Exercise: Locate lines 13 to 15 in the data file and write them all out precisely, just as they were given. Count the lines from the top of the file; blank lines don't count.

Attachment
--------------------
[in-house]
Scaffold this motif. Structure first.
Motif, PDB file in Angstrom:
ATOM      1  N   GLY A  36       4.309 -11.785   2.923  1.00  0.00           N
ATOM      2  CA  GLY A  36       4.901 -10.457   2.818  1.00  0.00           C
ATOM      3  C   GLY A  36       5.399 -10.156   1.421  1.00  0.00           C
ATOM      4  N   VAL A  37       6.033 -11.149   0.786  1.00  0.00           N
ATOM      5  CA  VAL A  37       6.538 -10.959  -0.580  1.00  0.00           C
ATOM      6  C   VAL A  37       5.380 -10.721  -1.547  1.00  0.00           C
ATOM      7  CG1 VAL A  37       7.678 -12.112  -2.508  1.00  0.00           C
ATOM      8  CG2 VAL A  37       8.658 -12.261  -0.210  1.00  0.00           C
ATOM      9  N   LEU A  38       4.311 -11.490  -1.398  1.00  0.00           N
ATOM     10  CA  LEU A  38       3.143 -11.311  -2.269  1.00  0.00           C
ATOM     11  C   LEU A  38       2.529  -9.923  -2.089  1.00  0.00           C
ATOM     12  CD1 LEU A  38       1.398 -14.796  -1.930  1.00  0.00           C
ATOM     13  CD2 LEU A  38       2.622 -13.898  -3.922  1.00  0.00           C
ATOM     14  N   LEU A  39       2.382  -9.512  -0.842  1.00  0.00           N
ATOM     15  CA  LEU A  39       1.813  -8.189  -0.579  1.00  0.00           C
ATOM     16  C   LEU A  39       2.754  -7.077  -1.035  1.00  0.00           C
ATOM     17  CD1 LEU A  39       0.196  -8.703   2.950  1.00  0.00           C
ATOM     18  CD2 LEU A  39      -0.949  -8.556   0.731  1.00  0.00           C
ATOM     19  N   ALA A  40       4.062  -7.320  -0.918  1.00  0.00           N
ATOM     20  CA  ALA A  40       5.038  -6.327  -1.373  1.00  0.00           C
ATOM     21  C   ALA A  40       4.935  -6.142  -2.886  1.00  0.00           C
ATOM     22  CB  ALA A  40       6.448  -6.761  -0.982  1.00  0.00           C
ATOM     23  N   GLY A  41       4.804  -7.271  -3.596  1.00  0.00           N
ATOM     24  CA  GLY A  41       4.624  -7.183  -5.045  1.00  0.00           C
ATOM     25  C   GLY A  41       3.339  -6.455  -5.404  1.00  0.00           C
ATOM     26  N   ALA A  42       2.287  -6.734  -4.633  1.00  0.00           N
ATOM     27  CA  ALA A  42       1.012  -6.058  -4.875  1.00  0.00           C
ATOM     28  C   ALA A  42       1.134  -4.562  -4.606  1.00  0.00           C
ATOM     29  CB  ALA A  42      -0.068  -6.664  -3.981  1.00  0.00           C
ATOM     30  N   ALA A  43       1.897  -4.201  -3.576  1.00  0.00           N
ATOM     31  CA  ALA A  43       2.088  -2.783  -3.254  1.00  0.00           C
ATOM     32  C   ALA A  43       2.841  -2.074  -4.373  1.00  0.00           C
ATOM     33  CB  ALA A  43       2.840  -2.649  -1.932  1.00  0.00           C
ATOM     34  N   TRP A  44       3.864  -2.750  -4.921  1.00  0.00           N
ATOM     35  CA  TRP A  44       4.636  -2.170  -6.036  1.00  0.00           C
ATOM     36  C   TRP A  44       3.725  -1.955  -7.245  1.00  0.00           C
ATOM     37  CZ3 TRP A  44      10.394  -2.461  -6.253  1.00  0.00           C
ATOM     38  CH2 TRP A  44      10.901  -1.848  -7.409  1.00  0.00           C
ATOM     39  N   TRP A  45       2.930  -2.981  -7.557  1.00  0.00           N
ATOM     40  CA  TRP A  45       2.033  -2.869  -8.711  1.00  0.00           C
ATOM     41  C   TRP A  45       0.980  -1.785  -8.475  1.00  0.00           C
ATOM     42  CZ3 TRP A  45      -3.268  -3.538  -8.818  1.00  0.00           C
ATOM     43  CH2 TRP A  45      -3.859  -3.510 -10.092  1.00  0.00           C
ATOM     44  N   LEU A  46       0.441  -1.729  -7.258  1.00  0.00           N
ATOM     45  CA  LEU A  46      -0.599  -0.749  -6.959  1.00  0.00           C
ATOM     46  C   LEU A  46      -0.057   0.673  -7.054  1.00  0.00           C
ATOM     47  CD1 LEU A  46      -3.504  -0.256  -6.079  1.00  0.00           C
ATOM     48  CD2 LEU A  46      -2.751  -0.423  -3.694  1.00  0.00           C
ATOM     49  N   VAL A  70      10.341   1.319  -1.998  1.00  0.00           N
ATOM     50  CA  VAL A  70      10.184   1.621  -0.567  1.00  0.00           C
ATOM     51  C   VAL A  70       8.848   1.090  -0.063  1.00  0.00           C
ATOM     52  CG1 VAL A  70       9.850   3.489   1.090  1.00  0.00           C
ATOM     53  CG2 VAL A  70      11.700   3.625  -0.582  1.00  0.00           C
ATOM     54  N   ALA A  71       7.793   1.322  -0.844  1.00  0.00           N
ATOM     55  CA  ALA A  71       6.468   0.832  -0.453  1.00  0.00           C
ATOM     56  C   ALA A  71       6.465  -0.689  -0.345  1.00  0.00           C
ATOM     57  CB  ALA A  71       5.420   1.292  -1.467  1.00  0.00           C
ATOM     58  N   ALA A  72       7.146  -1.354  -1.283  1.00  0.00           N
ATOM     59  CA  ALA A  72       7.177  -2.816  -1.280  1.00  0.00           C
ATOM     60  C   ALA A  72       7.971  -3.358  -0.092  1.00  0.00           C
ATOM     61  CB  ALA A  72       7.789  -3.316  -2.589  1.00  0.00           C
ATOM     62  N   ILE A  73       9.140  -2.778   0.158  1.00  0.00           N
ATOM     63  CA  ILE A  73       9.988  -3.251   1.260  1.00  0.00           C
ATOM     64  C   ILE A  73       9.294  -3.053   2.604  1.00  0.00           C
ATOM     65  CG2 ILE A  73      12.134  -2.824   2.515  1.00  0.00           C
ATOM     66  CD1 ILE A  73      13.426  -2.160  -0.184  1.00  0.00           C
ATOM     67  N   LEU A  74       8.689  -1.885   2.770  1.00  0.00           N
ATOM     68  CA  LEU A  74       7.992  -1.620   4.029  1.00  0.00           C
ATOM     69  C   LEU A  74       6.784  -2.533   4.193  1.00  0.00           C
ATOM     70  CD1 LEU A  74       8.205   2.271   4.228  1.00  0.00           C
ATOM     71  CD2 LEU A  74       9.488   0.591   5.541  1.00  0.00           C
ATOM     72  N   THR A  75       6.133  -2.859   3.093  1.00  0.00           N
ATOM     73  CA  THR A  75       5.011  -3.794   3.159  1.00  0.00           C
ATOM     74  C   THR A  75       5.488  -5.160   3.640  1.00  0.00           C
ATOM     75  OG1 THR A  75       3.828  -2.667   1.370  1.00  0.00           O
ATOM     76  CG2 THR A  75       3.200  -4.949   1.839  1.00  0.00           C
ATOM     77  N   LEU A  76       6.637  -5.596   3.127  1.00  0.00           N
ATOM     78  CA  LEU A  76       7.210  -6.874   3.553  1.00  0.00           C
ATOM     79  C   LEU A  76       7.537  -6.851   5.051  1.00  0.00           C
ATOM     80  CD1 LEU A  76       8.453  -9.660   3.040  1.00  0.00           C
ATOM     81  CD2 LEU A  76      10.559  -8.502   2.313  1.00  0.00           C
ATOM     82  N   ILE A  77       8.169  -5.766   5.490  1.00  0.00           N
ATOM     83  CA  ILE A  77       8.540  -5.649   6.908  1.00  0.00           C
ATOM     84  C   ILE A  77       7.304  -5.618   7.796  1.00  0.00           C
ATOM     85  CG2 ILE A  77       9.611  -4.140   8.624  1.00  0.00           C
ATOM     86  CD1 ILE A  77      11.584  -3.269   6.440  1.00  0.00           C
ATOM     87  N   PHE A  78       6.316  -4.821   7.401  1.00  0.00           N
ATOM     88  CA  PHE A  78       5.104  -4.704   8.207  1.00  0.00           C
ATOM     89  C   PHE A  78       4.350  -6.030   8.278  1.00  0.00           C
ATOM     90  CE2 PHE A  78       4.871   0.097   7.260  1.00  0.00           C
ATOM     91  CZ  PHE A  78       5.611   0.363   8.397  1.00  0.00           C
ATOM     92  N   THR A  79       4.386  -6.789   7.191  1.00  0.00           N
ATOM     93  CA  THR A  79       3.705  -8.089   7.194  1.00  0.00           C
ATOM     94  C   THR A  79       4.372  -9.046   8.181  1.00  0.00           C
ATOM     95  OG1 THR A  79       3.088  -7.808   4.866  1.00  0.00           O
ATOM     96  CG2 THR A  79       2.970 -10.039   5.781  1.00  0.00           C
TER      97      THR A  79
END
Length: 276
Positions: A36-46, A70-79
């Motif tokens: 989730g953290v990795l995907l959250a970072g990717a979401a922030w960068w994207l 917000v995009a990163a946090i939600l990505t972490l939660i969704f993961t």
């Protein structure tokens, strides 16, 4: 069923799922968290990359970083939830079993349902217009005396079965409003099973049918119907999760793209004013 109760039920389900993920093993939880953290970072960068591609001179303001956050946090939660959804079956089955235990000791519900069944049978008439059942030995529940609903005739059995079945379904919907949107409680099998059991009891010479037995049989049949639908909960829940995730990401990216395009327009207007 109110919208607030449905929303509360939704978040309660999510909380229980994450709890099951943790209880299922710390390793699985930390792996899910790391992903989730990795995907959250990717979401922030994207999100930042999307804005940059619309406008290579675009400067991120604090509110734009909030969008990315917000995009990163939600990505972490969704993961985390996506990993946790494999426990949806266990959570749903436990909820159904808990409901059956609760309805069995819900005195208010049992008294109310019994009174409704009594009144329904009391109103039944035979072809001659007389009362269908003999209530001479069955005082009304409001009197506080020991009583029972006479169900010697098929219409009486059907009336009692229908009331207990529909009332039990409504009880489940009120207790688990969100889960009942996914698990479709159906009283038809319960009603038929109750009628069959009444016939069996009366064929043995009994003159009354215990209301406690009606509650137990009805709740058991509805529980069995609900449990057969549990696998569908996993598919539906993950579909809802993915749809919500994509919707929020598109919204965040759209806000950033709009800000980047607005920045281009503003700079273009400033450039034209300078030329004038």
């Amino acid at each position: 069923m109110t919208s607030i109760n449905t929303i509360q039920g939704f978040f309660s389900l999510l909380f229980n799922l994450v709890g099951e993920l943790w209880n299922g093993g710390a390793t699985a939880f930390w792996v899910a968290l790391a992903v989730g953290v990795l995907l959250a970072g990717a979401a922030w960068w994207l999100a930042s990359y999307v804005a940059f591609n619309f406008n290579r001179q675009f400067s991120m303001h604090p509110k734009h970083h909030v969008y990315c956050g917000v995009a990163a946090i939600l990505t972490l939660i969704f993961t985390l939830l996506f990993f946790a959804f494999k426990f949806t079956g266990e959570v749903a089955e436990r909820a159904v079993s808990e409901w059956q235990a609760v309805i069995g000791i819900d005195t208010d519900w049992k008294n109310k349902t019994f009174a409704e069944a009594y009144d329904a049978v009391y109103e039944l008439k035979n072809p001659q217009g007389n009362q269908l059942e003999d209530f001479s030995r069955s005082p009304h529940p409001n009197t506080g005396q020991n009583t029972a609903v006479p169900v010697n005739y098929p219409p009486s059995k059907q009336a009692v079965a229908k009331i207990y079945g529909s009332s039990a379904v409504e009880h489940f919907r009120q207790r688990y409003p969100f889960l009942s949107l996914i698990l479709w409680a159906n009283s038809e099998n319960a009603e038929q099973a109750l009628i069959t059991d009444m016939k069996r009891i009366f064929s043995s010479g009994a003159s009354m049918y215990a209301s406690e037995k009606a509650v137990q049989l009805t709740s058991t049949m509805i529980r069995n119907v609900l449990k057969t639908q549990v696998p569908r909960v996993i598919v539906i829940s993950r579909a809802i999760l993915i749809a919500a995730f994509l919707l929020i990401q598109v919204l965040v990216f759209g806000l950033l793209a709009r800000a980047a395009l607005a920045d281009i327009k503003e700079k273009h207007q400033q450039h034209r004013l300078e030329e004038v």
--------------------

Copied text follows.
ATOM     10  CA  LEU A  38       3.143 -11.311  -2.269  1.00  0.00           C
ATOM     11  C   LEU A  38       2.529  -9.923  -2.089  1.00  0.00           C
ATOM     12  CD1 LEU A  38       1.398 -14.796  -1.930  1.00  0.00           C